Last year in the early fall, Sonoma State University in Rohnert Park, California announced the impressive billing of Dawg Day Afternoon. Amongst exciting performances from bluegrass giants like Jerry Douglas and Del McCoury Band, David Grisman’s Sextet was featured as headliner. The event went smashingly. The talent was top notch, and the gorgeous Weill Hall at Green Music Center provided diverse experiences for patrons. Some sat in acoustically superior symphony-style hall while others laid back on the sprawling lawn space behind it, picnicking and enjoy their Sonoma County wines. Weill Hall’s opening really upped the ante for Sonoma State’s concert program back in 2012. Back by popular demand was another sunny afternoon event hosted by David Grisman. This year Dawg (as Grisman is endearingly known by) brought an equally impressive different lineup that was Sonoma State University’s second bluegrass event, billed as The Mando Kings Festival.
In addition to his own David Grisman Bluegrass Experience, Dawg brought along two generations of progressive mandolin masters. Jeff Austin rose to recognition as part of the popular jam-oriented bluegrass group Yonder Mountain String Band and remained with them for sixteen years before breaking off to form his own Jeff Austin Band. Following Austin’s opening set would be Sam Bush Band. The King of New Grass began playing string music as a young man in Bowling Green, Kentucky. Though he admired and studied classic country and bluegrass music, he was captivated by the likes of Jim & Jesse, who were bringing other styles of popular American music into the bluegrass instrumentation. Sam went on to cofound New Grass Revival, a pivotal and influential progressive bluegrass band. When Sam and the others amicably split in different directions, Sam Bush Band continued to fuse reggae, rock, jazz, and gospel into the roots cannon. These three bands played separately and together last Sunday in Sonoma for one hell of a hootenanny.
Jeff Austin Band kicked off the musical festivities right on time, playing a set consisting of bluegrass classics and pop hits. Austin’s trademark energy and personality shinned through during his brief half-hour opener as did the impressive guitar work of guitarist Ross Martin, whose inspired flat pick blended well with Austin’s enthusiastic chops. After a brief intermission the Sonoma crowd gave a hearty applause to a surprise introduction of Sam Bush Band by none other than David “Dawg” Grisman himself. Bush’s powerhouse band of Stephen “Mojo” Mougin (guitar), Scott Vestel (banjo), Todd Parks (bass), Chris Brown (drums) have been with The King for over a decade. Sam Bush’s new album Storyman was released just a few weeks ago, and would make up a good amount of his set amongst the other celebrated originals and covers. Newer tunes like “Play By Your Own Rules” and “Transcendental Meditation Blues” were uplifting openers. Sam jovially engaged the crowd about sports, life, and music. A reggae-twanged cover of Leon Russell’s “One More Love Song” came off as pleasingly as when he played it decades ago with New Grass Revival. Bluegrass classics like “Hard Hearted” and “Uncle Pen” blended nicely with fittingly less traditional choices like a cover of Jerry Lee Lewis’ “Great Balls of Fire” and Sam Bush/Béla Fleck authored original “Sapporo.”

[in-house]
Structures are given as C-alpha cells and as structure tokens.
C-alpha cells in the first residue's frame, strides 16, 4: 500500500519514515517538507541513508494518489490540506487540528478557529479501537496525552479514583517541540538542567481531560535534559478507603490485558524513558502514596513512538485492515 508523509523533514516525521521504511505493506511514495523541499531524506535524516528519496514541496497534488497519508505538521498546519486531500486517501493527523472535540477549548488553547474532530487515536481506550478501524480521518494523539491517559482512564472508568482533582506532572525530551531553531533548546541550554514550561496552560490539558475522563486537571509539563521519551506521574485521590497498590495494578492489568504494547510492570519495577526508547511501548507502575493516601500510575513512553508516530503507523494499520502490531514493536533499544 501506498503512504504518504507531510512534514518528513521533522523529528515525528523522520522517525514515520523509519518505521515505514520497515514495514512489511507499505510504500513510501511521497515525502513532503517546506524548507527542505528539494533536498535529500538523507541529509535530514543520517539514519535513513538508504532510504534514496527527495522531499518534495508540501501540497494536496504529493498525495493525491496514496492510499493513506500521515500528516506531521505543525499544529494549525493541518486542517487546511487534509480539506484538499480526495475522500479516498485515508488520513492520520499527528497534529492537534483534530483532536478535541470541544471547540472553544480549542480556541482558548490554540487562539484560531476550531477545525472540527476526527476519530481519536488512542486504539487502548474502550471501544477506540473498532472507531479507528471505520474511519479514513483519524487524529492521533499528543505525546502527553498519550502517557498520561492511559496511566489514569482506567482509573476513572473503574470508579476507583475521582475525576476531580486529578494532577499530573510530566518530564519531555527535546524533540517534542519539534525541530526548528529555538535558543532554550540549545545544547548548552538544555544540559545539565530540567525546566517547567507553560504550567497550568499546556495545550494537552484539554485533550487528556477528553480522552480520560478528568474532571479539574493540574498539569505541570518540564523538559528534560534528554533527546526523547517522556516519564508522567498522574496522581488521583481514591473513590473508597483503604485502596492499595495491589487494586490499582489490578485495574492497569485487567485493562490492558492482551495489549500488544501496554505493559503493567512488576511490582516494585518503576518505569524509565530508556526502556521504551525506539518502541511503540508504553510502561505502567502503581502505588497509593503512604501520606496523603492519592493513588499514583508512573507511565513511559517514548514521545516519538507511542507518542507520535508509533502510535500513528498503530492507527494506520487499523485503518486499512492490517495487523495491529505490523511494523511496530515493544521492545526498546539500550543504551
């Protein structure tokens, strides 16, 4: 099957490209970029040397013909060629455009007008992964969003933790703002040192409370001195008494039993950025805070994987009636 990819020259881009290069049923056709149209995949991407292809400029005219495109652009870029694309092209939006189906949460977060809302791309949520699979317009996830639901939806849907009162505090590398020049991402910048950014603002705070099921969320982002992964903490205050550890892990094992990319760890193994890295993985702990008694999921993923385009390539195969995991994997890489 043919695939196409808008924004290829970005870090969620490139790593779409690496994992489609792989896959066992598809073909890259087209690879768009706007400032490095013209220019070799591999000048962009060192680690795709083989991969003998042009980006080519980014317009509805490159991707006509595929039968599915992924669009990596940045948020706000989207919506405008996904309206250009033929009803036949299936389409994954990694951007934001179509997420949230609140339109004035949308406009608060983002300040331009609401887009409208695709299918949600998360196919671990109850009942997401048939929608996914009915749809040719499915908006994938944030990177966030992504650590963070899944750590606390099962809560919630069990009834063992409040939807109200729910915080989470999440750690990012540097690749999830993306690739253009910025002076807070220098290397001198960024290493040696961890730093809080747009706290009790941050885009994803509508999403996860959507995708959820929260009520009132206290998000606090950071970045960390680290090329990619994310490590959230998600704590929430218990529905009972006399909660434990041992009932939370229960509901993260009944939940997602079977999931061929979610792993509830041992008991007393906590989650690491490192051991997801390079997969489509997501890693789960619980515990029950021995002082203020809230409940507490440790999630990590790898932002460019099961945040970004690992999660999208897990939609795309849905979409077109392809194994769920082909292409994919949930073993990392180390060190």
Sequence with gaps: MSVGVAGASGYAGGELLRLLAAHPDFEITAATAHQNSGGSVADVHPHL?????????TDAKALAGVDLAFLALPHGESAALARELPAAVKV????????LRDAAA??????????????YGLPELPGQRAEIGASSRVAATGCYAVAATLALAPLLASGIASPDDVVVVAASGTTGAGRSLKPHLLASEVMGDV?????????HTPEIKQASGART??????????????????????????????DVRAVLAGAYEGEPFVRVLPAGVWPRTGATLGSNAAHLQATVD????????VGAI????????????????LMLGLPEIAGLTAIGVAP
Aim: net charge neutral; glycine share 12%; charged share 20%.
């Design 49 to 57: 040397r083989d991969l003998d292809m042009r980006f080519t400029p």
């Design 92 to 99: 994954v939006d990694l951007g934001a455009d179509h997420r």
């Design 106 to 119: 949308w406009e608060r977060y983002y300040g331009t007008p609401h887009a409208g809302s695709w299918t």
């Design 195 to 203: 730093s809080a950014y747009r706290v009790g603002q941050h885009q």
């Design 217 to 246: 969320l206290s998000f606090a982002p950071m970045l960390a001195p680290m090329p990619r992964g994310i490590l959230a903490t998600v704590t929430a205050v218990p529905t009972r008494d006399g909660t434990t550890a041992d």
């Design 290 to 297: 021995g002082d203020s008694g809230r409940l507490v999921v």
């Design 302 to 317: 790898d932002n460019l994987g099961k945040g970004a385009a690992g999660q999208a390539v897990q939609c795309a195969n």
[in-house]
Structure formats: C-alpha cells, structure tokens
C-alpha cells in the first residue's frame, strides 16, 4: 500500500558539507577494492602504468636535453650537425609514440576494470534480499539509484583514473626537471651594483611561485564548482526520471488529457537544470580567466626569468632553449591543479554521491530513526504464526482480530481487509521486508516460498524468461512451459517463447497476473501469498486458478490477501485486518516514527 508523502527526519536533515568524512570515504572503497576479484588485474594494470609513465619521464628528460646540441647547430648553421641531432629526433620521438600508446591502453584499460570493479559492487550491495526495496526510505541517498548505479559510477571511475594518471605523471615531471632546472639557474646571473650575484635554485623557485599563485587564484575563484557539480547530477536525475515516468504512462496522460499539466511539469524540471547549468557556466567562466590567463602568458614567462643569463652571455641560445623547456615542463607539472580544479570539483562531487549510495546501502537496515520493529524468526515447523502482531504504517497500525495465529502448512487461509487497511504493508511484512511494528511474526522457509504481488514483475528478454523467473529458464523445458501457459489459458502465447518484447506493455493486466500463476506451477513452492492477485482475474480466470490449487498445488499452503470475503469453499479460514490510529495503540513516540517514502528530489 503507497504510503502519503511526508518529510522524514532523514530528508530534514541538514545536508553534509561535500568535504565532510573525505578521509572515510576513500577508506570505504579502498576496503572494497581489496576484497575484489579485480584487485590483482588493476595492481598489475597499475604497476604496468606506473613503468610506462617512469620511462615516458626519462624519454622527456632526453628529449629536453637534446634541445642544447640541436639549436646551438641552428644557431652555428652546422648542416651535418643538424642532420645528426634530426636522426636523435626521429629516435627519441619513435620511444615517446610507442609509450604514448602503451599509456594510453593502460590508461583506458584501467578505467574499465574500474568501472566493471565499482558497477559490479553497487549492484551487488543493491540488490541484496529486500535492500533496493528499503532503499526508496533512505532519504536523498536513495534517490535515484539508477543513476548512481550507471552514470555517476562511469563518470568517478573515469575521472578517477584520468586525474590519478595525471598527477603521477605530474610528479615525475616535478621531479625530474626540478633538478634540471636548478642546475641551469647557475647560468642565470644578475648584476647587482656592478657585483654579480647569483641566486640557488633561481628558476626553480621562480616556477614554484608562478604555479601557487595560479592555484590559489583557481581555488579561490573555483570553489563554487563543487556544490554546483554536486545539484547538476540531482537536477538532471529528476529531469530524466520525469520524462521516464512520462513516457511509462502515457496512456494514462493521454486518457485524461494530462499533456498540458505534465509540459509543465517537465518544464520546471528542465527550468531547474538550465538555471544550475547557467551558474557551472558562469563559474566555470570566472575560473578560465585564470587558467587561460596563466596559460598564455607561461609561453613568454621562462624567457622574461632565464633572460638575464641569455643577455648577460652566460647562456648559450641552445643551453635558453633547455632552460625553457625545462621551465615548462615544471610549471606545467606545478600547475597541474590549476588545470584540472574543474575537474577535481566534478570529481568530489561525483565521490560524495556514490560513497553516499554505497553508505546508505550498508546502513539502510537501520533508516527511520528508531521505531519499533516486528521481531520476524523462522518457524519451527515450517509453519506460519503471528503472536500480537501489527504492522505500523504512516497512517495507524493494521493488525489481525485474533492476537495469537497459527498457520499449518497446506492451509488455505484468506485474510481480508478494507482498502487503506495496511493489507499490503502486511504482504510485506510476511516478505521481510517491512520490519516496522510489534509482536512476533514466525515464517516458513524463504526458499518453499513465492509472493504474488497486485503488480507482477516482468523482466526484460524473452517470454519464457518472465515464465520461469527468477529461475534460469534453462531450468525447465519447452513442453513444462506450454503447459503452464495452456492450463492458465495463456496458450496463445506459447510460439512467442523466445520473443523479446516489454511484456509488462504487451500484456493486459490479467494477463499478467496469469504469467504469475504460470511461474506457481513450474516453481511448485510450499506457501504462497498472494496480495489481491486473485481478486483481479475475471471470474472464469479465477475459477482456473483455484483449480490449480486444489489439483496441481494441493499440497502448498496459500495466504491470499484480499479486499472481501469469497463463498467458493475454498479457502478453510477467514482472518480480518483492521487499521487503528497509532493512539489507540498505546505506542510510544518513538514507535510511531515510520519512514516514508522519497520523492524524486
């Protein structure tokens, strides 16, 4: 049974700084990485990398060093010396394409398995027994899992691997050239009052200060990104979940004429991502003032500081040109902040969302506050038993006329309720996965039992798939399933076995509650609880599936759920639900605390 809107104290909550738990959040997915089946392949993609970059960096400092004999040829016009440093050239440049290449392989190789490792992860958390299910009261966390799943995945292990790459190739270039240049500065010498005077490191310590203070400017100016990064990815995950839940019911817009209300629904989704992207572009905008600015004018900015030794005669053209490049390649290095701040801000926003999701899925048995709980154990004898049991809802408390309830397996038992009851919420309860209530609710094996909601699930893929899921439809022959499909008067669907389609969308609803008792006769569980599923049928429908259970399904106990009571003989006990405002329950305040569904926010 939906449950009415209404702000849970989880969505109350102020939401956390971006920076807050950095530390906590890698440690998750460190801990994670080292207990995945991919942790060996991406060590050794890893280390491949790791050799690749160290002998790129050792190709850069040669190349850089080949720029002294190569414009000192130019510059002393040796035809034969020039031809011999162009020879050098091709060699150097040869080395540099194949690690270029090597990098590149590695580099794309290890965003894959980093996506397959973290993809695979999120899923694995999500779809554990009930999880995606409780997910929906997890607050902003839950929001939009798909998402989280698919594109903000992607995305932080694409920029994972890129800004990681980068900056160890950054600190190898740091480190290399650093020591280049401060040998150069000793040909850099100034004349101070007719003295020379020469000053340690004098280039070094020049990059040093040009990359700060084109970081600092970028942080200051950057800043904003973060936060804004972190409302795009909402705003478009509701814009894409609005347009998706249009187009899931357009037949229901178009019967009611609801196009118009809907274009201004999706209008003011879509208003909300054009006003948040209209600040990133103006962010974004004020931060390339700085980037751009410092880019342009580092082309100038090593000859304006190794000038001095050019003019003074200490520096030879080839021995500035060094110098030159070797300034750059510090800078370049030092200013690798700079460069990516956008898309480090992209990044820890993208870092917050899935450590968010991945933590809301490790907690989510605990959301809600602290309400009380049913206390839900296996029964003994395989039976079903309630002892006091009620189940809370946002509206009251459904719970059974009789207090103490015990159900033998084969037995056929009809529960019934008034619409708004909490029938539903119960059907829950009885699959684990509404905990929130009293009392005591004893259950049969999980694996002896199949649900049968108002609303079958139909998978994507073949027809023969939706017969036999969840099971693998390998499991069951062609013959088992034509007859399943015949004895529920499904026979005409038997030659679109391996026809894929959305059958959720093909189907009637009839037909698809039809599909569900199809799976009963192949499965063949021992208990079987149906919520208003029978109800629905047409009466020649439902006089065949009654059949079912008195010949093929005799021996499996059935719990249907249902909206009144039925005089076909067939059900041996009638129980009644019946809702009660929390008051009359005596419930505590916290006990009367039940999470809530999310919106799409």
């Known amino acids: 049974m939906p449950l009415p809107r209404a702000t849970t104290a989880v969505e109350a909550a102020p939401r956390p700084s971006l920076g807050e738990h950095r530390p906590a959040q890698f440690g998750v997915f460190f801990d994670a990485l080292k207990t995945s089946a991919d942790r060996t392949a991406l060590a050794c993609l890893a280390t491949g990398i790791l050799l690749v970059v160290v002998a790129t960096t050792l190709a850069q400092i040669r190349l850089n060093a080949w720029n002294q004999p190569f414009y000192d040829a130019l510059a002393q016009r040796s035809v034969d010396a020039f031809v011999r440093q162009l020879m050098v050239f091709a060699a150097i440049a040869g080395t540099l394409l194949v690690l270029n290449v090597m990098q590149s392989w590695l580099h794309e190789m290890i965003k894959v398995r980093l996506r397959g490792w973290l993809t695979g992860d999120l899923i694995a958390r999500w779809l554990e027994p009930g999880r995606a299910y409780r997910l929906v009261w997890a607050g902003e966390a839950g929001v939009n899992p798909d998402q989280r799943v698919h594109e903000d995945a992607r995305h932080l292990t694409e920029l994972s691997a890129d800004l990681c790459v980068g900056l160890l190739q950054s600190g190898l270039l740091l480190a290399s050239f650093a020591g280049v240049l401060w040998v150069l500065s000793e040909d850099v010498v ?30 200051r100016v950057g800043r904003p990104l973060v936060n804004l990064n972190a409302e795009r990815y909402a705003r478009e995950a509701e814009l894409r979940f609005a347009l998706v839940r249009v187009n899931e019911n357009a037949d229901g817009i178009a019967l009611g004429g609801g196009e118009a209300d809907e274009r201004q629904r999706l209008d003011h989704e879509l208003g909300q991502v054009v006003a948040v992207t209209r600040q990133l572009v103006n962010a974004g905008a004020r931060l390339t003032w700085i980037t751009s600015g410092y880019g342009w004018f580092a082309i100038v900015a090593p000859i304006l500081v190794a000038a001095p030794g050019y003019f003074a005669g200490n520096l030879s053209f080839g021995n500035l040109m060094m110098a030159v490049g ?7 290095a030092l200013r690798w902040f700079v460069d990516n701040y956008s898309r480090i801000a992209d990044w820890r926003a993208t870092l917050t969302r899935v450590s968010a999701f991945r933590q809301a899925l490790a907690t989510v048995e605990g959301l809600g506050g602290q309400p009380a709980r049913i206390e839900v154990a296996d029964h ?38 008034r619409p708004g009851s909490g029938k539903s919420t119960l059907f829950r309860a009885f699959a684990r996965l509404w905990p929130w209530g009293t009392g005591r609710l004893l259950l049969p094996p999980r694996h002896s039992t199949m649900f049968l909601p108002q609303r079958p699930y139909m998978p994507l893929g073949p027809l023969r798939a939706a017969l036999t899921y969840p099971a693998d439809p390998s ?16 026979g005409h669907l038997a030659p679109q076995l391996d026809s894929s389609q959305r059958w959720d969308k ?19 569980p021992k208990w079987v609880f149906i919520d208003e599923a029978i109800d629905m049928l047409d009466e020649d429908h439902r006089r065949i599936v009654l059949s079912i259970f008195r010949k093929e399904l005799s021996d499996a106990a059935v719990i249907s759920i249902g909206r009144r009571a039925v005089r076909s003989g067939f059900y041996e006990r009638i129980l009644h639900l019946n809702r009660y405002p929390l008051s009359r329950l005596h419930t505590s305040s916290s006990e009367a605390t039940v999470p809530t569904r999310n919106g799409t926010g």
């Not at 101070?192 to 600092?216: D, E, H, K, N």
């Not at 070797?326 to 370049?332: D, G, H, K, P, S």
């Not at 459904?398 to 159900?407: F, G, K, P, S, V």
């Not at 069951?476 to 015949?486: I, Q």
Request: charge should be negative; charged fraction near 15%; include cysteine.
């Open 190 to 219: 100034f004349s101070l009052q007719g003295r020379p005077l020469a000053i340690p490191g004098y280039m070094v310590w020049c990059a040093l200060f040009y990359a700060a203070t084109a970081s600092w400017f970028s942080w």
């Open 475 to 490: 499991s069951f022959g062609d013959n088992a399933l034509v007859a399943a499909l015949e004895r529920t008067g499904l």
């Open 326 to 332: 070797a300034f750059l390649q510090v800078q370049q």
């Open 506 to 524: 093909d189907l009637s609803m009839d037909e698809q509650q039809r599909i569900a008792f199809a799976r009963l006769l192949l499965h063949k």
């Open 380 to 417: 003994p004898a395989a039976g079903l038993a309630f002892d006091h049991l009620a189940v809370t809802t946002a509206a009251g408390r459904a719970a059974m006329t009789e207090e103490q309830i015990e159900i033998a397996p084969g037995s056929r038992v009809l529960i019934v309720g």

After what felt like a headliner’s worth of energy and playing, Sam Bush Band took a break to make way for David Grisman Bluegrass Experience. Last year when the Dawg brought the Sextet, it was his own original brand of music, which blended gypsy swing, Latin flavored jazz, and ethnically evocative compositions. This time around, Dawg described his Bluegrass Experience band as hardcore old-school bluegrass. Alongside him was his son, upright bassist Sam Grisman. gifted singer/guitarist Jim Nunally, and Chad Manning, also of David Grisman Quintet on fiddle. Keith Little who ordinarily plays banjo and sings could not be there due to unforeseeable circumstances and was filled in by a worthy substitute. Grisman’s bluegrass quintet tackled classics like “Going To The Races,” “Walking The Dog,” “Don’t Let Your Deal Go Down,” and “Trouble In Mind.” Though the Flatt & Scruggs/Bill Monroe catalogues provided much of Grisman’s set, it wasn’t exclusively a tribute as he broke out his own progressive originals like “Dawgy Mountain Breakdown.” As usual, Dawg took time between songs to enlighten the crowd about the history of bluegrass and little known gems along the way.
After a full headliner performance, Dawg welcomed onstage all of the members of Sam Bush Band and Jeff Austin Band to accompany for a triple encore. These tunes impressively featured many of the players in solo moments and revealed the family reunion aspect of the grand event. No doubt these players have collaborated a lot over the years and anytime onstage together is a joy. After the bigger Bluegrass Festivals like Merlefest and Telluride Bluegrass, it was great to kick back in Sonoma with Dawg, The King, and Jeff Austin for a truly inspired afternoon of old grass and new grass. Check out these acts with their own respective bands on the road and the busy concert calendar for Sonoma State University’s Green Music Center.